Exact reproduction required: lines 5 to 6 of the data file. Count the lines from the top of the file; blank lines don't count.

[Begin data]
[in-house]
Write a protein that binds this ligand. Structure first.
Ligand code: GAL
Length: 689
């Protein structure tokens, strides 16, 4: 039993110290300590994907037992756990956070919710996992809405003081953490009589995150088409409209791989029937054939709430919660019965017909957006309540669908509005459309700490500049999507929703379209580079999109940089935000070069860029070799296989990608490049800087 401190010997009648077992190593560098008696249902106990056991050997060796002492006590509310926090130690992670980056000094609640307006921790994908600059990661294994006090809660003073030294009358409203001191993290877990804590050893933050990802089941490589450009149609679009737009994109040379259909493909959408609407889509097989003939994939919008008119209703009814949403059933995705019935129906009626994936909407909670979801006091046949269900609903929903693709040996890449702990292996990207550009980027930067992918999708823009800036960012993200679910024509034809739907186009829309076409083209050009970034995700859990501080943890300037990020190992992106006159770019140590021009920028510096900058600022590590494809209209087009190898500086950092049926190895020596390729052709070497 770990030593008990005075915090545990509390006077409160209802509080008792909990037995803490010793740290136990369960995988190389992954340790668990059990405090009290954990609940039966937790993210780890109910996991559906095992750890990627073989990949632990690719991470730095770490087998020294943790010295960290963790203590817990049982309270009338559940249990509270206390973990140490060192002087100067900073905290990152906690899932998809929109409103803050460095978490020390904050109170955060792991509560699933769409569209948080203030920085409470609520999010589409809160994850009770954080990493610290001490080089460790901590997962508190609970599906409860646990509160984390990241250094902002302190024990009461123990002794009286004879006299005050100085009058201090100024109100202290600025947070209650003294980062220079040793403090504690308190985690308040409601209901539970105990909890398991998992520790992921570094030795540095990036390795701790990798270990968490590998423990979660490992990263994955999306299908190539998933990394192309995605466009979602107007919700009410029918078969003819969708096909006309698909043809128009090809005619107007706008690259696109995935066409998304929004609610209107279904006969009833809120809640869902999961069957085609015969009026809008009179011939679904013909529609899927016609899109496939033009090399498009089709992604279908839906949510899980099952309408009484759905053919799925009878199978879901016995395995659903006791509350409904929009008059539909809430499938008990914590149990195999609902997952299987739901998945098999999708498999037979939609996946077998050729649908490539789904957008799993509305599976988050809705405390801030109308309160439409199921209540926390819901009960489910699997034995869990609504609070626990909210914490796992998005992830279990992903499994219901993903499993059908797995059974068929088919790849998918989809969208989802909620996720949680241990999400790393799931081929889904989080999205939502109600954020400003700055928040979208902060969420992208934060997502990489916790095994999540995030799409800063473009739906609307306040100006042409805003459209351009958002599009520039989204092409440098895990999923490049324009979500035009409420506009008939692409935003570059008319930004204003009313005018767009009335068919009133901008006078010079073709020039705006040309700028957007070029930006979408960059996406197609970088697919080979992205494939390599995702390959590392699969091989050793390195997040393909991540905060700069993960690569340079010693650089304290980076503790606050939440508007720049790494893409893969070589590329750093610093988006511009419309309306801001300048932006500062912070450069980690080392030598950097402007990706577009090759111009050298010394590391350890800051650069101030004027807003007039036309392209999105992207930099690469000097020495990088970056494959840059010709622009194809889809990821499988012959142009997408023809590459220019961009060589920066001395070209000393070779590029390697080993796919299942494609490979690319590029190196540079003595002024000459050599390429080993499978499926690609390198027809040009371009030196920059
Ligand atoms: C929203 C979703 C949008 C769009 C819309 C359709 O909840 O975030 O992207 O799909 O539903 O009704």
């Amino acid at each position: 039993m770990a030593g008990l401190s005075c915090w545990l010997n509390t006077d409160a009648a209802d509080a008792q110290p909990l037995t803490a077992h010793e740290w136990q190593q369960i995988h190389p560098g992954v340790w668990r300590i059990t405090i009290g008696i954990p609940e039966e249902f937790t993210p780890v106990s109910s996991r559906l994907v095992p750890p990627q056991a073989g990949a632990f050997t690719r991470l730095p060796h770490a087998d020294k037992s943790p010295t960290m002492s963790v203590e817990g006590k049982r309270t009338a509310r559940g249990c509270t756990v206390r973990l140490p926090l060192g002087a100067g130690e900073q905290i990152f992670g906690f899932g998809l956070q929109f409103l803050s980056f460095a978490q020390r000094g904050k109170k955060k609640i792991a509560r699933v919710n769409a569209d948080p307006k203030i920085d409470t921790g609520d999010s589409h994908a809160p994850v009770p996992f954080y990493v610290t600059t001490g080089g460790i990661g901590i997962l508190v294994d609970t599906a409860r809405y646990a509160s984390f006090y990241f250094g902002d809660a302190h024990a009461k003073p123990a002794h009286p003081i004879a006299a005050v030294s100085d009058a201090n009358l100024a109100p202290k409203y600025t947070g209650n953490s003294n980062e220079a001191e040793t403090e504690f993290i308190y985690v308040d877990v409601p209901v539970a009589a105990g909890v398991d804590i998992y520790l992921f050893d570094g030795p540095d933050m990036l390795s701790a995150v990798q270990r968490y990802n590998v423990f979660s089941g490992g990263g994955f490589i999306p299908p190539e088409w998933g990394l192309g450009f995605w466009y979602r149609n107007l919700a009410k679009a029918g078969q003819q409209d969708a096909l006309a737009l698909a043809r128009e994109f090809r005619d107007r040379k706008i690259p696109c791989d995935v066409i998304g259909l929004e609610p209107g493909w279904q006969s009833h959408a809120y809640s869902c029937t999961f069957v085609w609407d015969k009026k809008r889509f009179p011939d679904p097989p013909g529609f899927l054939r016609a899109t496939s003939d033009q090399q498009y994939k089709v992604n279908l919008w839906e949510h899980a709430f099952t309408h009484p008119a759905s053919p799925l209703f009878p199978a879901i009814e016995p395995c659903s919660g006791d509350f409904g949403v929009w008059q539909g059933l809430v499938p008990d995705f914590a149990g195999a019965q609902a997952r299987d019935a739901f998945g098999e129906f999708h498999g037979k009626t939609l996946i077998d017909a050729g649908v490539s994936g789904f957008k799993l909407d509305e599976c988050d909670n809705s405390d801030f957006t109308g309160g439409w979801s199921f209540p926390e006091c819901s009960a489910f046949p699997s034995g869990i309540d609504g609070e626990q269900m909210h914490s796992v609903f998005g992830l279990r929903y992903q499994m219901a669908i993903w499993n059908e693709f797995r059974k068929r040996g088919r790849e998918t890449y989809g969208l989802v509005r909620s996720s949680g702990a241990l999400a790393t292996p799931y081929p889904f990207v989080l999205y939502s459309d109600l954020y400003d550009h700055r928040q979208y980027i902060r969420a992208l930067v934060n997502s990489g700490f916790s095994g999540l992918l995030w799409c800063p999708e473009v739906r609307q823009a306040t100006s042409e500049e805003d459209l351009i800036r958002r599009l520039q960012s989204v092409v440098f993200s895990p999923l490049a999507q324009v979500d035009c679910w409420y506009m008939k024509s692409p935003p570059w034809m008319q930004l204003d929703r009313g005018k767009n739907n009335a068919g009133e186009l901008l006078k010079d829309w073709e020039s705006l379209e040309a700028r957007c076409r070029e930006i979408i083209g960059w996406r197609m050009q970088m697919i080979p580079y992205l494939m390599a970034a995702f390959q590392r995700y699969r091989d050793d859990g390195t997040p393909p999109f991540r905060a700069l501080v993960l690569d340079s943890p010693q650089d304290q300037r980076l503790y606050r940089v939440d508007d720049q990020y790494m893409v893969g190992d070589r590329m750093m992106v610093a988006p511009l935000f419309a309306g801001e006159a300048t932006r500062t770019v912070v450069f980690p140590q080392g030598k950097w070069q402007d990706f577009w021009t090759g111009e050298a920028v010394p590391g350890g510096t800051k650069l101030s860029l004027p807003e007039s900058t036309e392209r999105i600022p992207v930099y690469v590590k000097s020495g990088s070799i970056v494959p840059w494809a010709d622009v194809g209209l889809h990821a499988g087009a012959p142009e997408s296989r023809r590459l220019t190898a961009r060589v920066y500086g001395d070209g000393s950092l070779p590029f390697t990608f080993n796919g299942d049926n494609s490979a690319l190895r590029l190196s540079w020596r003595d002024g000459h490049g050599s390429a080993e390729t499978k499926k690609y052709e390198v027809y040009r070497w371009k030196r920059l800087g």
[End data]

């Protein structure tokens, strides 16, 4: 039993110290300590994907037992756990956070919710996992809405003081953490009589995150088409409209791989029937054939709430919660019965017909957006309540669908509005459309700490500049999507929703379209580079999109940089935000070069860029070799296989990608490049800087 401190010997009648077992190593560098008696249902106990056991050997060796002492006590509310926090130690992670980056000094609640307006921790994908600059990661294994006090809660003073030294009358409203001191993290877990804590050893933050990802089941490589450009149609679009737009994109040379259909493909959408609407889509097989003939994939919008008119209703009814949403059933995705019935129906009626994936909407909670979801006091046949269900609903929903693709040996890449702990292996990207550009980027930067992918999708823009800036960012993200679910024509034809739907186009829309076409083209050009970034995700859990501080943890300037990020190992992106006159770019140590021009920028510096900058600022590590494809209209087009190898500086950092049926190895020596390729052709070497 770990030593008990005075915090545990509390006077409160209802509080008792909990037995803490010793740290136990369960995988190389992954340790668990059990405090009290954990609940039966937790993210780890109910996991559906095992750890990627073989990949632990690719991470730095770490087998020294943790010295960290963790203590817990049982309270009338559940249990509270206390973990140490060192002087100067900073905290990152906690899932998809929109409103803050460095978490020390904050109170955060792991509560699933769409569209948080203030920085409470609520999010589409809160994850009770954080990493610290001490080089460790901590997962508190609970599906409860646990509160984390990241250094902002302190024990009461123990002794009286004879006299005050100085009058201090100024109100202290600025947070209650003294980062220079040793403090504690308190985690308040409601209901539970105990909890398991998992520790992921570094030795540095990036390795701790990798270990968490590998423990979660490992990263994955999306299908190539998933990394192309995605466009979602107007919700009410029918078969003819969708096909006309698909043809128009090809005619107007706008690259696109995935066409998304929004609610209107279904006969009833809120809640869902999961069957085609015969009026809008009179011939679904013909529609899927016609899109496939033009090399498009089709992604279908839906949510899980099952309408009484759905053919799925009878199978879901016995395995659903006791509350409904929009008059539909809430499938008990914590149990195999609902997952299987739901998945098999999708498999037979939609996946077998050729649908490539789904957008799993509305599976988050809705405390801030109308309160439409199921209540926390819901009960489910699997034995869990609504609070626990909210914490796992998005992830279990992903499994219901993903499993059908797995059974068929088919790849998918989809969208989802909620996720949680241990999400790393799931081929889904989080999205939502109600954020400003700055928040979208902060969420992208934060997502990489916790095994999540995030799409800063473009739906609307306040100006042409805003459209351009958002599009520039989204092409440098895990999923490049324009979500035009409420506009008939692409935003570059008319930004204003009313005018767009009335068919009133901008006078010079073709020039705006040309700028957007070029930006979408960059996406197609970088697919080979992205494939390599995702390959590392699969091989050793390195997040393909991540905060700069993960690569340079010693650089304290980076503790606050939440508007720049790494893409893969070589590329750093610093988006511009419309309306801001300048932006500062912070450069980690080392030598950097402007990706577009090759111009050298010394590391350890800051650069101030004027807003007039036309392209999105992207930099690469000097020495990088970056494959840059010709622009194809889809990821499988012959142009997408023809590459220019961009060589920066001395070209000393070779590029390697080993796919299942494609490979690319590029190196540079003595002024000459050599390429080993499978499926690609390198027809040009371009030196920059
Ligand atoms: C929203 C979703 C949008 C769009 C819309 C359709 O909840 O975030 O992207 O799909 O539903 O009704």